Even DIYers who turn their clocks like clockwork forget the other important bi-annual tradition of turning their ceiling fans to optimize energy use. Run your fan clockwise to circulate warm air in winter. After the sun sets on the season, reverse the direction of the fan again!
Don’t let a tight budget foil your plans to winterize the home! Place bargain tin foil or a similarly reflective, heat-resistant material behind your radiator or space heater. The foil will reflect the heat—and warmth—back, so that you stay warm and save a bundle on your energy bill.
Related: 11 Surprising Uses for Aluminum Foil
You don’t have to brave the bad weather and long shopping lines to snag a pair of slip-proof snow boots. Using this Instructables tutorial, fasten a T-plate with screw bolts to the base of boots you already own. After calling for reinforcements from zinc wire, you’ll be on solid footing no matter the weather!
Instructables via KresimirPregernik
Swept Off Your Feet
The fleetest of feet don’t use a shovel to clear snow from their steps or driveway at a glacial pace. Light snow accumulations can easily be swept away on demand with a broom—keeping backbreaking labor, slips, and falls at bay all winter!
Known as sweater pills, the pesky clumps that form on your winter wardrobe rob make good clothes look old before their time. Fortunately, by using a shaving razor or sharp knife on a flattened surface, you can permanently cut the cord on fabric pills!
Related: 8 "Zero Dollar" Laundry Room Hacks
Instructables via kelleymarie
Fill Your Boots
Why hide away the pool noodles until summer when they can give your drooping boots a lift this winter? If you don't have pool noodles, roll up an old magazine; then, secure with a rubber band and slip them into your boots to make them stand up straight.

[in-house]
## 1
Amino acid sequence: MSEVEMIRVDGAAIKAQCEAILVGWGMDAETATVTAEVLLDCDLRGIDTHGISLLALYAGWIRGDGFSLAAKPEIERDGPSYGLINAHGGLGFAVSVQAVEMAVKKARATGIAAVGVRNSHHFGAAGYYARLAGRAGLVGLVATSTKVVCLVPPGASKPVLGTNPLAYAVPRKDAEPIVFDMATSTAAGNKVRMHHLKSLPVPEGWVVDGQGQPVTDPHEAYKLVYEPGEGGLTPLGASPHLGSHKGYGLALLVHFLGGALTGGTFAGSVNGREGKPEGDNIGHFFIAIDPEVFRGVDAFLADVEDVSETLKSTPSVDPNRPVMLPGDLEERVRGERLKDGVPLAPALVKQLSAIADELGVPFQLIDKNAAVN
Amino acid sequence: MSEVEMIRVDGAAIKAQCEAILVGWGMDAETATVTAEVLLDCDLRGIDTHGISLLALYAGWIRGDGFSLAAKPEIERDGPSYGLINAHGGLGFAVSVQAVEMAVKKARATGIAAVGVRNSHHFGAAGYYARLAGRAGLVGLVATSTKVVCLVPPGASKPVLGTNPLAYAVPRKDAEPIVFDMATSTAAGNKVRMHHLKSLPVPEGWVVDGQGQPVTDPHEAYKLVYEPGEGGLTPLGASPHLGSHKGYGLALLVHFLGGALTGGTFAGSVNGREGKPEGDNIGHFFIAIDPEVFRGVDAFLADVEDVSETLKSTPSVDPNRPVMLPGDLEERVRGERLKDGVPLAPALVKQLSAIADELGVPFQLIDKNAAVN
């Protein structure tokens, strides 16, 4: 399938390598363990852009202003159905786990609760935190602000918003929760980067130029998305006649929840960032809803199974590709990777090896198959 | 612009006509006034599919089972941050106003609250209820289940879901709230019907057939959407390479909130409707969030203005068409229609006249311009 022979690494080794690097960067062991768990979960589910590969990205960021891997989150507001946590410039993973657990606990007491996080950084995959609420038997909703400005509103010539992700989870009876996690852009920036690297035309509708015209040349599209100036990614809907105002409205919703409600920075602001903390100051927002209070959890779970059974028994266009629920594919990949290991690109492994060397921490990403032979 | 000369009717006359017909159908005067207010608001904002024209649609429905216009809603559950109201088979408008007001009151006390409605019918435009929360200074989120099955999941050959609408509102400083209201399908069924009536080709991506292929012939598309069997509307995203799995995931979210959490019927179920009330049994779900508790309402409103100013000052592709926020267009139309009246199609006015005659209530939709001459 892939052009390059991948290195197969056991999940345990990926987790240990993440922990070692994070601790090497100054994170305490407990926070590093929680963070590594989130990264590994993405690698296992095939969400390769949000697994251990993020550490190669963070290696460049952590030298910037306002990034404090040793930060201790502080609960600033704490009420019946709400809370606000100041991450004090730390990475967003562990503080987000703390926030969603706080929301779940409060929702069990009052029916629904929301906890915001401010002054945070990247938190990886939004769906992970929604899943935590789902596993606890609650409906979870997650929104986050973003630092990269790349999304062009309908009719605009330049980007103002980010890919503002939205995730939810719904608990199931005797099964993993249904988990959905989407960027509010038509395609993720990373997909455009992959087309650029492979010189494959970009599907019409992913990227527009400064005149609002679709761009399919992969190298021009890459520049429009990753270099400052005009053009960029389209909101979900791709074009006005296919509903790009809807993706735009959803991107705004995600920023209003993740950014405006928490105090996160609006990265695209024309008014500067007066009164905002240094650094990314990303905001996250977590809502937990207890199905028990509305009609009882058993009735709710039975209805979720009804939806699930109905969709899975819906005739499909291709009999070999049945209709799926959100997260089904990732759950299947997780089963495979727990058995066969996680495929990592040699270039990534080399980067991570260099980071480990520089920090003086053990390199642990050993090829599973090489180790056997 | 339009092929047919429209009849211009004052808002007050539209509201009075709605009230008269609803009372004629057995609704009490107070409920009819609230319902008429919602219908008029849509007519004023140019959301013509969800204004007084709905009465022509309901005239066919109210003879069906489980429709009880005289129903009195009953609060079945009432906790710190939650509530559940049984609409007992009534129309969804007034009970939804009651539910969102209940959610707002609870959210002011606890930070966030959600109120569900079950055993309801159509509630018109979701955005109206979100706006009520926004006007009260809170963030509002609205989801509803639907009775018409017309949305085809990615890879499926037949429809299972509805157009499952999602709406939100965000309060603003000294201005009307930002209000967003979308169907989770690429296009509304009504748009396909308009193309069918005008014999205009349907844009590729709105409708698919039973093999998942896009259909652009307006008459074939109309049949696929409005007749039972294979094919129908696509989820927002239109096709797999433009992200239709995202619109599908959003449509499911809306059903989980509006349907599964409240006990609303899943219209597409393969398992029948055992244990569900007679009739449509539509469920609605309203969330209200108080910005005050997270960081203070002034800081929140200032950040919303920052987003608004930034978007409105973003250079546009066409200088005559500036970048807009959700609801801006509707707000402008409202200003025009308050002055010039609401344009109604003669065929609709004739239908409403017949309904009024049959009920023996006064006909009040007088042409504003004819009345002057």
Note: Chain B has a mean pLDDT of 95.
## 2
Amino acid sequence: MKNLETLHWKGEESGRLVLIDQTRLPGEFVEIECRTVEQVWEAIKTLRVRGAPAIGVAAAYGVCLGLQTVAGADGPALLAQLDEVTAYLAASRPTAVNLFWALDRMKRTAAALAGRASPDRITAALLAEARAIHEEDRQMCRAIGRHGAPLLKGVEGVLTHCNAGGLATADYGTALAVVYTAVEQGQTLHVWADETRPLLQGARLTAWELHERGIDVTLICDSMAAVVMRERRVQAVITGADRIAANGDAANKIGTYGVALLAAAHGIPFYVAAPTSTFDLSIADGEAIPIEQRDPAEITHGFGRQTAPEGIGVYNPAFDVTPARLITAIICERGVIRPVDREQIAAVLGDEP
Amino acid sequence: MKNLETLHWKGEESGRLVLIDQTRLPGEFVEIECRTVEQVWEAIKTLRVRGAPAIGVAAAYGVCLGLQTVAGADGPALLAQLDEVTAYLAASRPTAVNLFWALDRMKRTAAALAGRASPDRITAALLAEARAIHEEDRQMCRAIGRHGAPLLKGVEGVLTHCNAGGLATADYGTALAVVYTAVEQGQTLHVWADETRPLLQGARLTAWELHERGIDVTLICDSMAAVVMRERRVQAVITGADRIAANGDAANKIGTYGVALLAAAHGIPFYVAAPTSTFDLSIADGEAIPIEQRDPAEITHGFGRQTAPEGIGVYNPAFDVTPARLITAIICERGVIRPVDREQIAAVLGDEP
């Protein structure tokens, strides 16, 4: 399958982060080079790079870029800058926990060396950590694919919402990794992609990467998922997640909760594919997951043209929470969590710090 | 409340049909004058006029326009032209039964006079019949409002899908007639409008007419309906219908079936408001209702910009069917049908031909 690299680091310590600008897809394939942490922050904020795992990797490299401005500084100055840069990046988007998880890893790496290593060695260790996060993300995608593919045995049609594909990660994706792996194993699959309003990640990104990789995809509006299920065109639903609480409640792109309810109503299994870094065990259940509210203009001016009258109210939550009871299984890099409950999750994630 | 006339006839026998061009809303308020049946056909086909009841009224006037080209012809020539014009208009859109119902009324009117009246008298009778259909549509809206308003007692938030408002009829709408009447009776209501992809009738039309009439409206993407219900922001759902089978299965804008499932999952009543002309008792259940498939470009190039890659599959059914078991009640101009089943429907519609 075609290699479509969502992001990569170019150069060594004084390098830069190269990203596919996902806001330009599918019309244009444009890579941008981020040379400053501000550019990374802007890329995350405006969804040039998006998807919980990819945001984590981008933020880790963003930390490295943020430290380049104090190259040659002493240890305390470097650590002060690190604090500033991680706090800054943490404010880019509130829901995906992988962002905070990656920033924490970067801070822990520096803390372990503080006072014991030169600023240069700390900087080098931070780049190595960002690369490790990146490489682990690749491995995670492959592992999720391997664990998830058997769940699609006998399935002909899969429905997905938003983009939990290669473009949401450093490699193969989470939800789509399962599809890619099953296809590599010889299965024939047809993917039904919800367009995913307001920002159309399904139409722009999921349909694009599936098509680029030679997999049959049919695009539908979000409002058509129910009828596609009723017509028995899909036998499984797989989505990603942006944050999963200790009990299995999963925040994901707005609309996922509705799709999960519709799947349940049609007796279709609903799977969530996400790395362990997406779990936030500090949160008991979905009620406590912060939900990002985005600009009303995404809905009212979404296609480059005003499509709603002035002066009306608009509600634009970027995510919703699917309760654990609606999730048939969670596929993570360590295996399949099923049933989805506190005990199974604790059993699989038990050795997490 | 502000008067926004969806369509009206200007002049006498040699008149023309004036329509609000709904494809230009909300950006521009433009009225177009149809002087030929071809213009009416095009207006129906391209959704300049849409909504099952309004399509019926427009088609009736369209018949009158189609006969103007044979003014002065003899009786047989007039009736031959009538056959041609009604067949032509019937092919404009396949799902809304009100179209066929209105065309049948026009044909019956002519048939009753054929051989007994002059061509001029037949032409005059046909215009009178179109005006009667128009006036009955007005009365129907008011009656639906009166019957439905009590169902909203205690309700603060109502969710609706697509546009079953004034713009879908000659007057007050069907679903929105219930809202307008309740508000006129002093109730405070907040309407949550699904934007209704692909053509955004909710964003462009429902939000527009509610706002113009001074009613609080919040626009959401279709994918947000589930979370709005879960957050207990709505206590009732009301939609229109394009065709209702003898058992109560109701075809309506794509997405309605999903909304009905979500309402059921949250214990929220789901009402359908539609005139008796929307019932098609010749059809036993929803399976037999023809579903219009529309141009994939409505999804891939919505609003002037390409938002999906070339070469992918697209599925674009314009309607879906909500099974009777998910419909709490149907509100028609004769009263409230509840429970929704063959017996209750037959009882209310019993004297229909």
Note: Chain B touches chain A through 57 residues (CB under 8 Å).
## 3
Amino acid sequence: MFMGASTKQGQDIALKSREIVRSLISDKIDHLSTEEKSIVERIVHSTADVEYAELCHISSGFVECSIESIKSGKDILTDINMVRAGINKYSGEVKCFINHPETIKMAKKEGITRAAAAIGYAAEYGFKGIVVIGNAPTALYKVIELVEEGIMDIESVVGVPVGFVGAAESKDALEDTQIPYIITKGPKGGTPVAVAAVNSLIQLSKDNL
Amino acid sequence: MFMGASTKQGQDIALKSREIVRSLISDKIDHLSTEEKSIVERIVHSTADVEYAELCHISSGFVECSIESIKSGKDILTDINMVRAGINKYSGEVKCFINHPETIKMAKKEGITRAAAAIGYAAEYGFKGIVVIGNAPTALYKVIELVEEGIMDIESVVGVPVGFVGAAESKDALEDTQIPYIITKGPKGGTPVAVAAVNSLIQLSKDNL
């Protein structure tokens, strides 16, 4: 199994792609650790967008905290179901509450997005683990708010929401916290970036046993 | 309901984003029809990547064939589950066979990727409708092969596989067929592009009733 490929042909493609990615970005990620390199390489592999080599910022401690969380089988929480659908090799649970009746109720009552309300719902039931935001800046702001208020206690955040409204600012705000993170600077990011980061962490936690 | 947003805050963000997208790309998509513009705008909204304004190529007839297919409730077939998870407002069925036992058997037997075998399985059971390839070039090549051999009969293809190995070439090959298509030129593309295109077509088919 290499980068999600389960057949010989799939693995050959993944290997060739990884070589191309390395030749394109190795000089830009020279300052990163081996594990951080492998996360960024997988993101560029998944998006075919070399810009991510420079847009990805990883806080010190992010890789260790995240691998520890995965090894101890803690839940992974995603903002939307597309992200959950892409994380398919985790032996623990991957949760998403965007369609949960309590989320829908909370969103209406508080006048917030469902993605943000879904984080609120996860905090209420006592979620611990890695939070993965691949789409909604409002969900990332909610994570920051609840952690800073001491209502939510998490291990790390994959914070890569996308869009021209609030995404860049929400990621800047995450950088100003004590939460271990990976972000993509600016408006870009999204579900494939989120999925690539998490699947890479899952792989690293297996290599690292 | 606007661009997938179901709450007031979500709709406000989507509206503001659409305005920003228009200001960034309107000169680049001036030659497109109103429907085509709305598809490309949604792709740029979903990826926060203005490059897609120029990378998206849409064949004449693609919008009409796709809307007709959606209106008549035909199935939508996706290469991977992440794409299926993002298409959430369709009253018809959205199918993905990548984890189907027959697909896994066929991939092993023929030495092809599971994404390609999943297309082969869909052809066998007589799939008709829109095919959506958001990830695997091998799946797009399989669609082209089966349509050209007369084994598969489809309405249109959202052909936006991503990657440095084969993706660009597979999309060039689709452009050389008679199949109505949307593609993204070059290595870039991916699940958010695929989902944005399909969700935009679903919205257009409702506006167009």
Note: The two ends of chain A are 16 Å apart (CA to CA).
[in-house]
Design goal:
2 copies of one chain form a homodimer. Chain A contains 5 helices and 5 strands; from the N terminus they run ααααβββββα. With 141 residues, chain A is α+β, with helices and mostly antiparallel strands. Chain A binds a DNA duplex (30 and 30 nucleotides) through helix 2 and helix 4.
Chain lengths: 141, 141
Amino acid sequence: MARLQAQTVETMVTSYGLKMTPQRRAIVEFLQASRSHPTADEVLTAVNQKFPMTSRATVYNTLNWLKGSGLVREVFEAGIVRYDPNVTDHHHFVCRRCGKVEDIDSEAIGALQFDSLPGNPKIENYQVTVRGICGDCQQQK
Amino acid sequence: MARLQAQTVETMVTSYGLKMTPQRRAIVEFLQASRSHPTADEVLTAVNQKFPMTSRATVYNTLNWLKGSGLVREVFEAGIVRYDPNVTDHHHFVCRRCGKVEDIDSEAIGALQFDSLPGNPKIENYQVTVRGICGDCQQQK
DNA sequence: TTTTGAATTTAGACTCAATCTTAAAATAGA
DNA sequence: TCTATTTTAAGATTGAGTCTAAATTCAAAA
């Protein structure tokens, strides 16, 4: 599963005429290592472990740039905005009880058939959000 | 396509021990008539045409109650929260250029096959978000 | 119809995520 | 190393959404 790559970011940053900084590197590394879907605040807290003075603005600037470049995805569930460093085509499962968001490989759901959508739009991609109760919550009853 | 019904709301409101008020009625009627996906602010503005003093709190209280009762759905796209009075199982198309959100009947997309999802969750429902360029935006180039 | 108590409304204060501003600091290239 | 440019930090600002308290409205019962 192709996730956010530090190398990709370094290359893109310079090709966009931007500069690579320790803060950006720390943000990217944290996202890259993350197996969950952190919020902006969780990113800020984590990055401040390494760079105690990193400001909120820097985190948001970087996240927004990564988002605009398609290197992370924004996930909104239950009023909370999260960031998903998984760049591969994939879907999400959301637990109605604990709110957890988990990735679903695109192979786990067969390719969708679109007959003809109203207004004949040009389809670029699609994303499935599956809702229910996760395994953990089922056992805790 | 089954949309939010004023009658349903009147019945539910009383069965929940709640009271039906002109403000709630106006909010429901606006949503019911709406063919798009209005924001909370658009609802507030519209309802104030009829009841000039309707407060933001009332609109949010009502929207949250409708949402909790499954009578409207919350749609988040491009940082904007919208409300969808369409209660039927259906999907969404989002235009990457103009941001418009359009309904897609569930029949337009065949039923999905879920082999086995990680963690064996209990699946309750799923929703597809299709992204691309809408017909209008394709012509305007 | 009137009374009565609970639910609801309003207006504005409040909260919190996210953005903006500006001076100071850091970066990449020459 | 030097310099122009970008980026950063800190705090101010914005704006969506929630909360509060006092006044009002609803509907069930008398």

You don’t have to be a Feng Shui expert to adopt eastern wisdom into your parking ritual—simply park facing the east! The increased sun exposure will help prevent snow and ice accumulation so that you’ll have a warmer journey home.
Lift the Curtain
Drawing the curtains shut all winter is a surefire way to reduce light and warmth while increasing the likelihood of cabin fever. Open curtains in high-traffic living areas by day to combat cold, dreary spells with the natural light, warmth, and energy of the sun.
Get a Grip
Silently lurking on sidewalks and driveways, ice is an unseen threat to the safety of you and your family members. Fortunately, all you need is salt and hot water to melt away the ice—and your winter worries! Spread salt over the ice patch while pouring hot water on top. As the hot water melts the ice, the salt will prevent the liquid water from re-freezing.
Related: 3 Ways to Make Your Own Ice Melt
If you’re a few logs shy of a fire, gather several stacks of scrap newspaper and roll them into faux firewood logs as in this tutorial. Secured with tape and rebar wire, these hearty and hefty logs can burn for over seven hours!
For an efficient and affordable DIY space heater, overturn a terra cotta pot atop a ceramic tile base. Light a couple small candles on the heat-proof tile to invite the warmth and tradition of the old world into the modern home.